For all the talk among pundits of Mitt Romney’s charisma problem, Romney’s Jewish supporters say what’s most inspiring about the Republican presidential candidate is that he actually does rather than just talk.
PHILADELPHIA -- It's the question that just won't go away for presidential hopeful Barack Obama.
No matter how many times he addresses it or gives major speeches about it, the 'pastor question' pursues him in the Jewish community -- and beyond.
What U.S. role in the world is best for Israel?
Is it to be loved, to be feared, or to be respected? The 2008 campaign provides a good lens for answering that question.
Steven Spielberg, arguably Hollywood's most influential citizen, co-hosted a fund-raiser early last year that netted $2.1 million for Hillary Rodham Clinton's presidential campaign.
A few weeks later, Spielberg joined DreamWorks partners Jeffrey Katzenberg and David Geffen in throwing a fund-raiser for Barack Obama, Clinton's chief rival for the Democratic nod, that yielded $2.2 million.
Spielberg has since formally endorsed Clinton and given the U.S. senator from New York the maximum donation of $2,300. But he has also contributed the same amount to Obama, a U.S. senator from Illinois, and the primary campaigns of Democrats John Edwards and Bill Richardson -- who has since dropped out of the race.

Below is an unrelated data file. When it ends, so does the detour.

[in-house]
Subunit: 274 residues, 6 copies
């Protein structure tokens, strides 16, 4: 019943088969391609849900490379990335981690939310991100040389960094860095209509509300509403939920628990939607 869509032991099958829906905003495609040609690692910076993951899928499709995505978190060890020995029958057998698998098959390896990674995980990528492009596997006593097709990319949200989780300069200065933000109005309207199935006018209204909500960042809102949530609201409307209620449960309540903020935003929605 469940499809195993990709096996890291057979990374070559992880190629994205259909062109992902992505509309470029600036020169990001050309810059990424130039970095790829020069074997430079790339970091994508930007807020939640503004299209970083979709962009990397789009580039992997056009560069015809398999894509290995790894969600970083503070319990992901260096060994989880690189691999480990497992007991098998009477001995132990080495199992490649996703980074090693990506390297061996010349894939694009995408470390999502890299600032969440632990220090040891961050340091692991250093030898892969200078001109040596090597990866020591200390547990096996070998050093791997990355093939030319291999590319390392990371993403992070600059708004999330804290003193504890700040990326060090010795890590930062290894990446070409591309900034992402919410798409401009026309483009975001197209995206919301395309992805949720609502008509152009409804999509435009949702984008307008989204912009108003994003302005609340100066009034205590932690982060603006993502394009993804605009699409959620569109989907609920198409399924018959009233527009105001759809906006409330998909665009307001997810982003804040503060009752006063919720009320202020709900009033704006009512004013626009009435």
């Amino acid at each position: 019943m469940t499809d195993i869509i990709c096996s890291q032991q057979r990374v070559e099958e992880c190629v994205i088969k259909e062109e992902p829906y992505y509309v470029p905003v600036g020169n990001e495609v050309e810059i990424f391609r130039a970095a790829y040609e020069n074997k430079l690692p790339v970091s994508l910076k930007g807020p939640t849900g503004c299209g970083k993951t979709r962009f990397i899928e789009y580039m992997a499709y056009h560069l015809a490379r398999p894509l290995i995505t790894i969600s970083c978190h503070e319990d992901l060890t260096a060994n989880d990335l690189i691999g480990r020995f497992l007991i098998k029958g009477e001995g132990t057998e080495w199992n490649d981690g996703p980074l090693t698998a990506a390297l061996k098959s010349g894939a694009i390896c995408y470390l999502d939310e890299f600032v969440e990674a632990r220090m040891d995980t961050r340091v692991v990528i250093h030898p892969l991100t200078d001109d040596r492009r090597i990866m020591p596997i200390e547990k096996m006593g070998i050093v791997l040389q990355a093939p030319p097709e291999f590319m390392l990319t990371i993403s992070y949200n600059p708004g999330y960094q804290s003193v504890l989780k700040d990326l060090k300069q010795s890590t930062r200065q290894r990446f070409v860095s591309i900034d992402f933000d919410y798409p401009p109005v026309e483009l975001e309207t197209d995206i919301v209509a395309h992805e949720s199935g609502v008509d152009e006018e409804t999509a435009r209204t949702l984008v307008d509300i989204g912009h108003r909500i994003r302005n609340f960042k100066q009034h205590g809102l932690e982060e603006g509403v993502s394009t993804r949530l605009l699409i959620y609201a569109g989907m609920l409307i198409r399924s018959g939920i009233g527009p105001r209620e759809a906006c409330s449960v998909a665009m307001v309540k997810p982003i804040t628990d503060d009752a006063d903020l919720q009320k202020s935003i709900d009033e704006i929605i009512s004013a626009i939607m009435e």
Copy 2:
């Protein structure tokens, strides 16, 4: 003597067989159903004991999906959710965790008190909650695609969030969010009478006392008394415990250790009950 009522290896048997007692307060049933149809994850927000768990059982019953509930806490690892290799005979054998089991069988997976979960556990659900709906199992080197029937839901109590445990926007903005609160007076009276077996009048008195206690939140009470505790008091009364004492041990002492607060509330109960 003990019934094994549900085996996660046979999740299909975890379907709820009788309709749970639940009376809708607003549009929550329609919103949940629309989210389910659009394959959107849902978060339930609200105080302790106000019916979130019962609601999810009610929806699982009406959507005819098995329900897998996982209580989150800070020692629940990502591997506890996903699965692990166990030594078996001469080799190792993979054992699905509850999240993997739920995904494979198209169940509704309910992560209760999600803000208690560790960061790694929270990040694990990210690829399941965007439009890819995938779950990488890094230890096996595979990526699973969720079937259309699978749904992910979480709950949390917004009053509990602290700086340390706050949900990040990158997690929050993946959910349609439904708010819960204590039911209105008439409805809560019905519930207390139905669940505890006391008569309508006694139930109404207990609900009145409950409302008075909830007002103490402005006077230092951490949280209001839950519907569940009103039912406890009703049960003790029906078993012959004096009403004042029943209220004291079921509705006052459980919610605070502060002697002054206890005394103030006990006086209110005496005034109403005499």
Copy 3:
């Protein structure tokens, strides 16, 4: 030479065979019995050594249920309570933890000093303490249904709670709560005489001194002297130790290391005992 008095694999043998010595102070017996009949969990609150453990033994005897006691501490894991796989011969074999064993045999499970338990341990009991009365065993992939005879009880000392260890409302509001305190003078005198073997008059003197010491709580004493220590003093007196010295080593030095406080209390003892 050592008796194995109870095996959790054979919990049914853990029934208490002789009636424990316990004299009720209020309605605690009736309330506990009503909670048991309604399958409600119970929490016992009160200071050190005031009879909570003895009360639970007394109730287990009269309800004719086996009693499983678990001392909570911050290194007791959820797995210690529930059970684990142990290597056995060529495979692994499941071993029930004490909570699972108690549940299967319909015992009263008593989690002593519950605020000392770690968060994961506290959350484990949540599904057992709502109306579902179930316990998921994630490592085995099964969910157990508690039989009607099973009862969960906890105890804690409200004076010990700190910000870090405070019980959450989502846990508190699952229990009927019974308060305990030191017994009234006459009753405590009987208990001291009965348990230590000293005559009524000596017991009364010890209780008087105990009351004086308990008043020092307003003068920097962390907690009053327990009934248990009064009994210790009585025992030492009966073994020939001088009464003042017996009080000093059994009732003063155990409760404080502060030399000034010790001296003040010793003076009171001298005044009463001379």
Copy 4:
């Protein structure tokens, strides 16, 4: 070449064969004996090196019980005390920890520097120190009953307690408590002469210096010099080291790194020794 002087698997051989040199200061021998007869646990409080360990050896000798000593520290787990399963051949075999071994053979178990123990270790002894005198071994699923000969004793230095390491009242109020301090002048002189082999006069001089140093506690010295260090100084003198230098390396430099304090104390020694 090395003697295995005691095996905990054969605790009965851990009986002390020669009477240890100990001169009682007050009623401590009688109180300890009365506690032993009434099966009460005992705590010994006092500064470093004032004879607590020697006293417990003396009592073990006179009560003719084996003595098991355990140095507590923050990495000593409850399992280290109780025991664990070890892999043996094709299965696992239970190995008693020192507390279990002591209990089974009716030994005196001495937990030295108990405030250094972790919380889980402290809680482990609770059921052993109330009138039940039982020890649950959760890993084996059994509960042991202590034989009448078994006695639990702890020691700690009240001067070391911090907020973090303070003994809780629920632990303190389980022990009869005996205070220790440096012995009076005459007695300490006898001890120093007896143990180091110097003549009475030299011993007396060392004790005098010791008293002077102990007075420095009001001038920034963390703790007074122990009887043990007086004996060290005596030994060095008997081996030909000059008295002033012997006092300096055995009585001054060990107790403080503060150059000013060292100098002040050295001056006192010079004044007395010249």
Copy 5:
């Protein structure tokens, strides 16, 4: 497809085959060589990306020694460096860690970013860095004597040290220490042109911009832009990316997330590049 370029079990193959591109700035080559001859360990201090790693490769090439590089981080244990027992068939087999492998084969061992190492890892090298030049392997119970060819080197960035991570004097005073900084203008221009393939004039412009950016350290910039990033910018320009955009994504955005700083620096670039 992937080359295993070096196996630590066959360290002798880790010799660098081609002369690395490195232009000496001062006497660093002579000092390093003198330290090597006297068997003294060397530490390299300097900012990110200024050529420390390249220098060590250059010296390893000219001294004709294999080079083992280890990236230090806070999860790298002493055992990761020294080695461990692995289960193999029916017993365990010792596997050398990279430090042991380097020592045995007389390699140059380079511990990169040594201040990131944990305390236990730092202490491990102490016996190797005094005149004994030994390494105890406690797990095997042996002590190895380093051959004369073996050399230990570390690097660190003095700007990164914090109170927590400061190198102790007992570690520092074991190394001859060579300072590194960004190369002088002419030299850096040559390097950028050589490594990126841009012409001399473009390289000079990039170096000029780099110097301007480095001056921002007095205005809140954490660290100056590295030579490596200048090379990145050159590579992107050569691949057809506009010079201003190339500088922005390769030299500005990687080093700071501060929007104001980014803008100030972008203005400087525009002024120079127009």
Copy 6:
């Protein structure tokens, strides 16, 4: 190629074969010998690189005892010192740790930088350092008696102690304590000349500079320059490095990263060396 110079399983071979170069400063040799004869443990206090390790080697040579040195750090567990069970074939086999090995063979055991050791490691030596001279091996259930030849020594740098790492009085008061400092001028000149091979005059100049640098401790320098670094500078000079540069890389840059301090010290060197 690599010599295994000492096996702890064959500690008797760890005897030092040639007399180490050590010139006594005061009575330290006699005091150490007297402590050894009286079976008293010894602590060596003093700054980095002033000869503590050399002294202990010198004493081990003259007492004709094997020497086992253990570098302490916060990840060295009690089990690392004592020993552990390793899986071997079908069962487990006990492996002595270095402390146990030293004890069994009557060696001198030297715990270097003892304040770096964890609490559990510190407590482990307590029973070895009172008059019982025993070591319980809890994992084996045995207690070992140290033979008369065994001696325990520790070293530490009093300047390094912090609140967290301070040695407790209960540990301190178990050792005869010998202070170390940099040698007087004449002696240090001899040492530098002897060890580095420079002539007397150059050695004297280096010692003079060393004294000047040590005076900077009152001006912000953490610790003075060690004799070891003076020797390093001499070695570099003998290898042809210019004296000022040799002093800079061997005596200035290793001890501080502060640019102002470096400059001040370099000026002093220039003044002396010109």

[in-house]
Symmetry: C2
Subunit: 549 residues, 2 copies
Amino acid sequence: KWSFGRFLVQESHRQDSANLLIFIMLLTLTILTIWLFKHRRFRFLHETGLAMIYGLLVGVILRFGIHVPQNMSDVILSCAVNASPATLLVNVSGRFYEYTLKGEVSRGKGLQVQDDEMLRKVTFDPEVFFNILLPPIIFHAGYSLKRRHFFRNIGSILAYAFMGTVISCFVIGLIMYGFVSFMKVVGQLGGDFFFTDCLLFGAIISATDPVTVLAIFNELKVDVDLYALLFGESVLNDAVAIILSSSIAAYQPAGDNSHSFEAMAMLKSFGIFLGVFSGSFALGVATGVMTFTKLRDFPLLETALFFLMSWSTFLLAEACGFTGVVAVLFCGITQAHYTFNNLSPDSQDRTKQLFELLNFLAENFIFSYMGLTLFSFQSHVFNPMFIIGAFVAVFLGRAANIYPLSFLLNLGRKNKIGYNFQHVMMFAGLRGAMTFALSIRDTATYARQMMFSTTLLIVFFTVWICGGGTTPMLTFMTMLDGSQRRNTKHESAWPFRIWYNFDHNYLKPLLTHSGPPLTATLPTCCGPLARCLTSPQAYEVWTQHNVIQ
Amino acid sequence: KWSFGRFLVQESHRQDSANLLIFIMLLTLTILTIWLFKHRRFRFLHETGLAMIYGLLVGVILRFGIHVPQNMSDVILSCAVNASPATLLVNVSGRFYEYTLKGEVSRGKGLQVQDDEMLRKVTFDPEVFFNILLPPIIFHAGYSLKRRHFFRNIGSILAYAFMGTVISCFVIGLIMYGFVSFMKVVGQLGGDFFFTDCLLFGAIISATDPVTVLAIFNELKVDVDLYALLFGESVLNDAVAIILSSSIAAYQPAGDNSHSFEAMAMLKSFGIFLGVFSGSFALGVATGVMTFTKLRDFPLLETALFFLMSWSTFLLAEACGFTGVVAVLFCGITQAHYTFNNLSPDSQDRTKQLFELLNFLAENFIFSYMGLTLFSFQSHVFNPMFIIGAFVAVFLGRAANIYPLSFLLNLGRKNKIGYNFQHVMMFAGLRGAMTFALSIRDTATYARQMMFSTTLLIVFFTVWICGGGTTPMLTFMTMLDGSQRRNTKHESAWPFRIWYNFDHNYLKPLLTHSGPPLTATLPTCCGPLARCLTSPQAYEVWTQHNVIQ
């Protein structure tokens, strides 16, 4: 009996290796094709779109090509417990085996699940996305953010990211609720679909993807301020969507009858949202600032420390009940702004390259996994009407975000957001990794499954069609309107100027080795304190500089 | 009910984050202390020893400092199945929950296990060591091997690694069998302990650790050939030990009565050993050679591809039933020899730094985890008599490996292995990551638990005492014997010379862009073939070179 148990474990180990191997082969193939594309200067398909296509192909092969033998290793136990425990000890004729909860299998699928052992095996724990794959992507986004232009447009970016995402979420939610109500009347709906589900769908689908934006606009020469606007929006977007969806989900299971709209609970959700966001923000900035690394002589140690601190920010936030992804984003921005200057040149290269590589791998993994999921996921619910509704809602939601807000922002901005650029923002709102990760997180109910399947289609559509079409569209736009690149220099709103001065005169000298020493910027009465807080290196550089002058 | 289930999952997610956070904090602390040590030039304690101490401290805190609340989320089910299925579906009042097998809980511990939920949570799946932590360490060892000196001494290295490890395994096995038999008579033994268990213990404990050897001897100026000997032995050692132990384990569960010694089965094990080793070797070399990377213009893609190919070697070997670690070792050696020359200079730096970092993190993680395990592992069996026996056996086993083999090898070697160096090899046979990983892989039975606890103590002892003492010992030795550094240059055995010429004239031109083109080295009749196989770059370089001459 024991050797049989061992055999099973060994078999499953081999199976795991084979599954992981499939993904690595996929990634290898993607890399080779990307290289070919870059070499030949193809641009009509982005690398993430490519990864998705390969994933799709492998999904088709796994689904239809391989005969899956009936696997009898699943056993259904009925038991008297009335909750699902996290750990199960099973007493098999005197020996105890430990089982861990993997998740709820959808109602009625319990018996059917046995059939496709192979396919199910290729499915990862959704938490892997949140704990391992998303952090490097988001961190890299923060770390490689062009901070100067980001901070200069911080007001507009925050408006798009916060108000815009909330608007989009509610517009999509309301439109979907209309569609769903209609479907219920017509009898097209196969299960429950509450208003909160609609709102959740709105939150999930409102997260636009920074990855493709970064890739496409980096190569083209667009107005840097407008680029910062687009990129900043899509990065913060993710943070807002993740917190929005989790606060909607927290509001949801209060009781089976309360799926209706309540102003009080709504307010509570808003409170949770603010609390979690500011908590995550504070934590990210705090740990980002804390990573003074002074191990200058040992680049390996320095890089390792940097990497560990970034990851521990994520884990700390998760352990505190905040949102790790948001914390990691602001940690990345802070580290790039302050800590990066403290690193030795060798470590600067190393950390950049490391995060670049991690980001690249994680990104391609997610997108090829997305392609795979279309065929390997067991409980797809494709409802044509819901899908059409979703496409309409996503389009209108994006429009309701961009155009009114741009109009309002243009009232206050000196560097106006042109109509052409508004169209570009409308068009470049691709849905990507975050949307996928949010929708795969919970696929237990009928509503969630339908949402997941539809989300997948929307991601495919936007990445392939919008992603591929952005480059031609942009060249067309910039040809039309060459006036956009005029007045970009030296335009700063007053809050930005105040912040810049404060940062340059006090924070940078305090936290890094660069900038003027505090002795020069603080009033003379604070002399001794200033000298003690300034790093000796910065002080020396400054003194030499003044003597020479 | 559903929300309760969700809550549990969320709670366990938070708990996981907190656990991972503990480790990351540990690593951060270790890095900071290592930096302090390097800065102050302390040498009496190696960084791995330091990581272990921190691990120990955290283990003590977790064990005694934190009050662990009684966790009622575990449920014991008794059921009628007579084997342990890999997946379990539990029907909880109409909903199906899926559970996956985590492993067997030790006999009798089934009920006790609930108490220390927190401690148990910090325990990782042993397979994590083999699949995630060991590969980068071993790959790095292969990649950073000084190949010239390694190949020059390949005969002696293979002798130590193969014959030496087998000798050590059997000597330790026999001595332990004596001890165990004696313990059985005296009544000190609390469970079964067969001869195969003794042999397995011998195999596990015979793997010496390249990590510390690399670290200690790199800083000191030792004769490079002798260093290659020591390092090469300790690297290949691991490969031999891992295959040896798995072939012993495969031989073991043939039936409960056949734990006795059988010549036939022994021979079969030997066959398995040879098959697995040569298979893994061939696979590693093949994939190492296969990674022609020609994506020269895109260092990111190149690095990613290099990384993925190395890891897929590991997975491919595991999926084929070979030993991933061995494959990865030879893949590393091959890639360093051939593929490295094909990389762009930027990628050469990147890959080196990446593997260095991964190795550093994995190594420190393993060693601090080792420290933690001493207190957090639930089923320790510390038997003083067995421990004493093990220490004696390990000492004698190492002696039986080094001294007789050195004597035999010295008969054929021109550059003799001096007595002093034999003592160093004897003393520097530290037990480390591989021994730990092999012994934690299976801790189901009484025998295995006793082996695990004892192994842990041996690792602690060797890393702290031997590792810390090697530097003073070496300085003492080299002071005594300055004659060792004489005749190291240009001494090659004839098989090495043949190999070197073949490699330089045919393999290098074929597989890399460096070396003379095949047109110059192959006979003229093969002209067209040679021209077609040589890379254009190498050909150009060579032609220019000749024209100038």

Brief descriptions of Republican and Democratic presidential candidates and their likely appeal amongst Jewish voters.
If money is, as former California Treasurer Jesse Unruh said, the "mother's milk of politics," then Alan Solomont is one successful dairyman. Solomont, a longtime leader in Jewish philanthropic and national Democratic political circles, is one of the go-to men when big money is needed.
Obama vs. Clinton is the horse race among Democrats, as the voice of change and the voice of experience pass each other week to week in fundraising and in polls. Among Jewish Democrats, however, it's no race, insiders in the fundraising community say. While Sen. Barack Obama (D-Ill.) has generated considerable excitement, the years Sen. Hillary Rodham Clinton (D-N.Y.) has spent focusing on Israel and other issues of concern to the nation's largest Jewish community puts her firmly in front.
Should candidates for the White House have to pass a religious test? The Constitution says no, but increasingly American political culture says otherwise.
The Democratic presidential candidates' attitude toward Israel is undergoing the same sort of word-by-word examination that was such an important feature of the 2004 campaign.
With California's early primary bringing unusual recognition to the Golden State, the Republican candidates are heading out West. They met in debate at the Reagan Library in Simi Valley on May 3. Do these Republicans have a shot at winning Jewish voters over in 2008?
When the Westside chapter of the National Women's Political Caucus (NWPC- LA) gathered at the home of philanthropist Daphna Ziman in Beverly Hills on April 12 to announce the organization's formal endorsement of Sen. Hillary Clinton for president, it took just a few steps into the foyer to note Ziman's strong ties both to the Democratic Party and to Judaism.